The World Bank Group says debt in Emerging and Developing Economies (EMDEs) rose to a record high of 55 trillion dollars in 2018.
The bank made this known in a statement released in Abuja on Thursday.
It explained that the development marked an eight-year surge that had been the largest, fastest, and most broad-based in nearly five decades.
According to the World bank, a new group study had advised policymakers to act promptly, to strengthen their economic policies and make them less vulnerable to financial shocks.
“The analysis is contained in Global Waves of Debt, a comprehensive study of the four major episodes of debt accumulation that have occurred in more than 100 countries since 1970.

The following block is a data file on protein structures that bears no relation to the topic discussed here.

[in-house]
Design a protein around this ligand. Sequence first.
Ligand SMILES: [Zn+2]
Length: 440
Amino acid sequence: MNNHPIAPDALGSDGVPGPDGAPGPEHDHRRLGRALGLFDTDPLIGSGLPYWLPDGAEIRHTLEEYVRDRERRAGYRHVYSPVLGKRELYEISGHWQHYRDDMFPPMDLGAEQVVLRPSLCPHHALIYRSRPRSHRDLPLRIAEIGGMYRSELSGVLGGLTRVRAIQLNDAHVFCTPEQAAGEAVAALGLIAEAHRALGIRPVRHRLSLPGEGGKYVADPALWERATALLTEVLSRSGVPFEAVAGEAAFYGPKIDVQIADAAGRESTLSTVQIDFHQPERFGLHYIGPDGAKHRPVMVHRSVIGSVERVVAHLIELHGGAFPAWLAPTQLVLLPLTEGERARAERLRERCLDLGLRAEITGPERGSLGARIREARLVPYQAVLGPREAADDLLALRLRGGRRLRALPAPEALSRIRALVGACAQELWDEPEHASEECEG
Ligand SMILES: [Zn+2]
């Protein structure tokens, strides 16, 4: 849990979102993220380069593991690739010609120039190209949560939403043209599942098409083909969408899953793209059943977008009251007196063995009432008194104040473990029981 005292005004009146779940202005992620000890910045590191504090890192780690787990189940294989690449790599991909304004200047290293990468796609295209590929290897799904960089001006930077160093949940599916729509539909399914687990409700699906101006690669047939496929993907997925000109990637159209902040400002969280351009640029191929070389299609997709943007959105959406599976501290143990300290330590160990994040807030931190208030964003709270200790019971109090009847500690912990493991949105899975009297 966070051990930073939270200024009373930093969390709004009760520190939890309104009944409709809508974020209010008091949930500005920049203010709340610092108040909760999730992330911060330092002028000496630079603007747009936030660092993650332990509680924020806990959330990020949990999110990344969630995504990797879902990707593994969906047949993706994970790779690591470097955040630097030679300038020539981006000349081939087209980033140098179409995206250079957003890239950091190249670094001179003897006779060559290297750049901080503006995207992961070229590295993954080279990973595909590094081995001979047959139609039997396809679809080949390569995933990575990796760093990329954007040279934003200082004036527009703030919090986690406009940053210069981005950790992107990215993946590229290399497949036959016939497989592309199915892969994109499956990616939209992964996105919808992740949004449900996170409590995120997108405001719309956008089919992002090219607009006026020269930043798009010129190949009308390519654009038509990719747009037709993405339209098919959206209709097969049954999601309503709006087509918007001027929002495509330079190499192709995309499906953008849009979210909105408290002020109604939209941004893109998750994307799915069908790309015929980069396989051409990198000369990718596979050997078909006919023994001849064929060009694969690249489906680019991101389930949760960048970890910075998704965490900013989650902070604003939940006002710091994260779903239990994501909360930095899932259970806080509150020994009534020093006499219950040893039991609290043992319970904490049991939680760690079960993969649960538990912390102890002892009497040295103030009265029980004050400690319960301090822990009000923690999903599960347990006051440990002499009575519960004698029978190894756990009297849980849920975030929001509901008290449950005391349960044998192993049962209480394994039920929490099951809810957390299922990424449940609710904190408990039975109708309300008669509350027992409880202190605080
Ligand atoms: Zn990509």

“It found that the debt-to-GDP ratio of developing countries had climbed from 54 per cent points to 168 per cent since the debt buildup began in 2010.
“On average, that ratio has risen by about seven per cent points a year, nearly three times as fast as it did during the Latin America debt crisis of the 1970s.
“The increase, moreover, has been exceptionally broad-based, involving government as well as private debt and observable in virtually all regions across the world.”
The statement quoted the World bank group’s President, Mr David Malpass as saying that “the size, speed, and breadth of the latest debt wave should concern us all.”
“It underscores why debt management and transparency need to be top priorities for policymakers, to increase growth and investment and ensure that the debt they take on contributes to better development outcomes for the people.”
The bank noted that the prevalence of historically low global interest rates mitigated the risk of a crisis for now, but the record of the past 50 years highlighted the dangers.
It added that since 1970, about half of the 521 national episodes of rapid debt growth in developing countries had been accompanied by financial crises that significantly weakened per capita income and investment.